3. Becky Chapman says:

    Hopefully Anonymous is aware that Ketamine can cause a very nasty cystitis (as seen when it has been used in the longer term in Palliative Medicine)

  4. Anonymous says:

    Dr Loo continues to ignore the evidence from pain physicians e.g Varun Jaitly and Lucinda Grande who have demonstrated that ketamine can be safely used in low regular daily doses over many years.
    Those patients with severe treatment-resistant disorders deserve the opportunity to evaluate the evidence and make considered choices based not just on clinical trials on highly selected atypical patients, but also taking into account the experience of doctors treating “real” patients with multiple co-morbidities.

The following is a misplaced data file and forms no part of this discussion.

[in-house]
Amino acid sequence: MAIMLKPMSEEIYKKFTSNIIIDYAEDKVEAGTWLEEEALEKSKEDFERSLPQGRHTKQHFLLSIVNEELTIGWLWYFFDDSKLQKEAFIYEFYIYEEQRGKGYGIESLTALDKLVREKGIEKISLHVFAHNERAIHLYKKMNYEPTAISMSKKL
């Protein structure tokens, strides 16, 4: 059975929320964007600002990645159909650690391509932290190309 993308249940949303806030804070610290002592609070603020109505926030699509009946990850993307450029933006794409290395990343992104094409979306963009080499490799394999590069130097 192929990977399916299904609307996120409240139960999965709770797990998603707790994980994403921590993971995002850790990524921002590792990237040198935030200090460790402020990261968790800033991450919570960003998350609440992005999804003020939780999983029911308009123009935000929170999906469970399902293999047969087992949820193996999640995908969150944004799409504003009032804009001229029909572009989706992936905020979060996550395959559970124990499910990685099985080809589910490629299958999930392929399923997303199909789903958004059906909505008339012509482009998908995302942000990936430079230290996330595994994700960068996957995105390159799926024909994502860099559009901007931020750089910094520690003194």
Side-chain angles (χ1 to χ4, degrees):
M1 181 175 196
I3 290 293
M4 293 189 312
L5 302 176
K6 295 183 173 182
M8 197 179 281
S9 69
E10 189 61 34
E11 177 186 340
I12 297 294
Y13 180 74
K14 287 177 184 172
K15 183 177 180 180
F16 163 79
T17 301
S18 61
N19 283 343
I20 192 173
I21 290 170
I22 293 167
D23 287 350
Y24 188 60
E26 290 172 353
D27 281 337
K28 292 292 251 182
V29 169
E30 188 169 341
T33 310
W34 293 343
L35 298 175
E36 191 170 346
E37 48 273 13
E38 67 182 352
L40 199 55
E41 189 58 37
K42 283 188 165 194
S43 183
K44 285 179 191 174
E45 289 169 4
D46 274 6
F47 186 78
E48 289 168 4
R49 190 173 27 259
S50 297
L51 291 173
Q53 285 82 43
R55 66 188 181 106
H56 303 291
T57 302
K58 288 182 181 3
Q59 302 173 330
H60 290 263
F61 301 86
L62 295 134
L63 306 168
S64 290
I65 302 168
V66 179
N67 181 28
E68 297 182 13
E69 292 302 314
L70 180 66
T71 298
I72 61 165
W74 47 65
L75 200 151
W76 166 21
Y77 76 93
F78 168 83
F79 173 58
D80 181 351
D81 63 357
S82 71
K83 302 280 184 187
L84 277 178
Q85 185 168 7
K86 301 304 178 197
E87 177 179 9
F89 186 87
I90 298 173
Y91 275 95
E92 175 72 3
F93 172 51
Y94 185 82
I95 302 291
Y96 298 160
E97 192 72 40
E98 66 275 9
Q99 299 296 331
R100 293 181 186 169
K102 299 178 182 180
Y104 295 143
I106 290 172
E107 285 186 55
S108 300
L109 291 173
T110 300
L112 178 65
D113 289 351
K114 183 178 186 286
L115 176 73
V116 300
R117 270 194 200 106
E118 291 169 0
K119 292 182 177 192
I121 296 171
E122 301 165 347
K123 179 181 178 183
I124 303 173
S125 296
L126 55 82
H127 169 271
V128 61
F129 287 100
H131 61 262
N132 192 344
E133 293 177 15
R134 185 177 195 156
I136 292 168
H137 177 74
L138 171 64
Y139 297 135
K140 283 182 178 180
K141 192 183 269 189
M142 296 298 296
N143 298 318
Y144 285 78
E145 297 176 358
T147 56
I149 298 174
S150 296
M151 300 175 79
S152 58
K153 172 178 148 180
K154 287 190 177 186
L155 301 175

The College’s current approach ensures ongoing suffering and premature mortality to the 30% of people who do not respond to our current therapies.

  5. Dr. ARC says:

    When I used Ketamine as an anaesthetic agent many years ago, quite a few of the patients experienced hallucinations upon arousal and this was ameliorated by the use of valium or midazolam.
    Many of the older practitioners can remember the positioning of the big Blue “K” left on the patient’s bedside until they had recovered. The unexpected side effects of Ketamine including pain relief and relaxation have been known for many years, but continued use has never been recommended and care in prescribing it for depression needs long term study.